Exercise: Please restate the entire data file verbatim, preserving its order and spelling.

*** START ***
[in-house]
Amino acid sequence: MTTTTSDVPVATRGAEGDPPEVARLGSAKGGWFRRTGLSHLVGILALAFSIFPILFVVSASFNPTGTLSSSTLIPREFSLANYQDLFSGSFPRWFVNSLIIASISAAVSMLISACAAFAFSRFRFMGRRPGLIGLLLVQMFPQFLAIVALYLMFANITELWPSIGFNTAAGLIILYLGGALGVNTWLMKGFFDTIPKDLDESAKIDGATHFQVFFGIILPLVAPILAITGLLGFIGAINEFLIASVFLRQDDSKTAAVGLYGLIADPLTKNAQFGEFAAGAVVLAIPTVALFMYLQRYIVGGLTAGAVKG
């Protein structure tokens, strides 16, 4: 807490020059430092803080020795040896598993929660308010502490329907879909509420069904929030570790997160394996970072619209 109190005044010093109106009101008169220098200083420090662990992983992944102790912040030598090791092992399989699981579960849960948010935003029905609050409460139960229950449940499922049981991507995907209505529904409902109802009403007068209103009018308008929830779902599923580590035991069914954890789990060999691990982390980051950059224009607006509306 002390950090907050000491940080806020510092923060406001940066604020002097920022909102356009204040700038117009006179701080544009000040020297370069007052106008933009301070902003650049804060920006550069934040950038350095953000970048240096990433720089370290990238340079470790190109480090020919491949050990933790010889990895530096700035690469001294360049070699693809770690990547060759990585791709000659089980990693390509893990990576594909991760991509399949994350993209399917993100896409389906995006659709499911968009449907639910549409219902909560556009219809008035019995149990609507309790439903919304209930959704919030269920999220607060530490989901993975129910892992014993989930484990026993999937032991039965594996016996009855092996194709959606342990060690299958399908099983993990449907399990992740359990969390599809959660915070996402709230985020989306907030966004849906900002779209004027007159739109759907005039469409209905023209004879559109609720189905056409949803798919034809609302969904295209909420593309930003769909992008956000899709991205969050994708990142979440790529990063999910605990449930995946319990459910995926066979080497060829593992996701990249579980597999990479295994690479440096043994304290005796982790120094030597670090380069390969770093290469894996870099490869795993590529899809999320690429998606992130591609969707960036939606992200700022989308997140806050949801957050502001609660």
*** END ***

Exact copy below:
[in-house]
Amino acid sequence: MTTTTSDVPVATRGAEGDPPEVARLGSAKGGWFRRTGLSHLVGILALAFSIFPILFVVSASFNPTGTLSSSTLIPREFSLANYQDLFSGSFPRWFVNSLIIASISAAVSMLISACAAFAFSRFRFMGRRPGLIGLLLVQMFPQFLAIVALYLMFANITELWPSIGFNTAAGLIILYLGGALGVNTWLMKGFFDTIPKDLDESAKIDGATHFQVFFGIILPLVAPILAITGLLGFIGAINEFLIASVFLRQDDSKTAAVGLYGLIADPLTKNAQFGEFAAGAVVLAIPTVALFMYLQRYIVGGLTAGAVKG
């Protein structure tokens, strides 16, 4: 807490020059430092803080020795040896598993929660308010502490329907879909509420069904929030570790997160394996970072619209 109190005044010093109106009101008169220098200083420090662990992983992944102790912040030598090791092992399989699981579960849960948010935003029905609050409460139960229950449940499922049981991507995907209505529904409902109802009403007068209103009018308008929830779902599923580590035991069914954890789990060999691990982390980051950059224009607006509306 002390950090907050000491940080806020510092923060406001940066604020002097920022909102356009204040700038117009006179701080544009000040020297370069007052106008933009301070902003650049804060920006550069934040950038350095953000970048240096990433720089370290990238340079470790190109480090020919491949050990933790010889990895530096700035690469001294360049070699693809770690990547060759990585791709000659089980990693390509893990990576594909991760991509399949994350993209399917993100896409389906995006659709499911968009449907639910549409219902909560556009219809008035019995149990609507309790439903919304209930959704919030269920999220607060530490989901993975129910892992014993989930484990026993999937032991039965594996016996009855092996194709959606342990060690299958399908099983993990449907399990992740359990969390599809959660915070996402709230985020989306907030966004849906900002779209004027007159739109759907005039469409209905023209004879559109609720189905056409949803798919034809609302969904295209909420593309930003769909992008956000899709991205969050994708990142979440790529990063999910605990449930995946319990459910995926066979080497060829593992996701990249579980597999990479295994690479440096043994304290005796982790120094030597670090380069390969770093290469894996870099490869795993590529899809999320690429998606992130591609969707960036939606992200700022989308997140806050949801957050502001609660």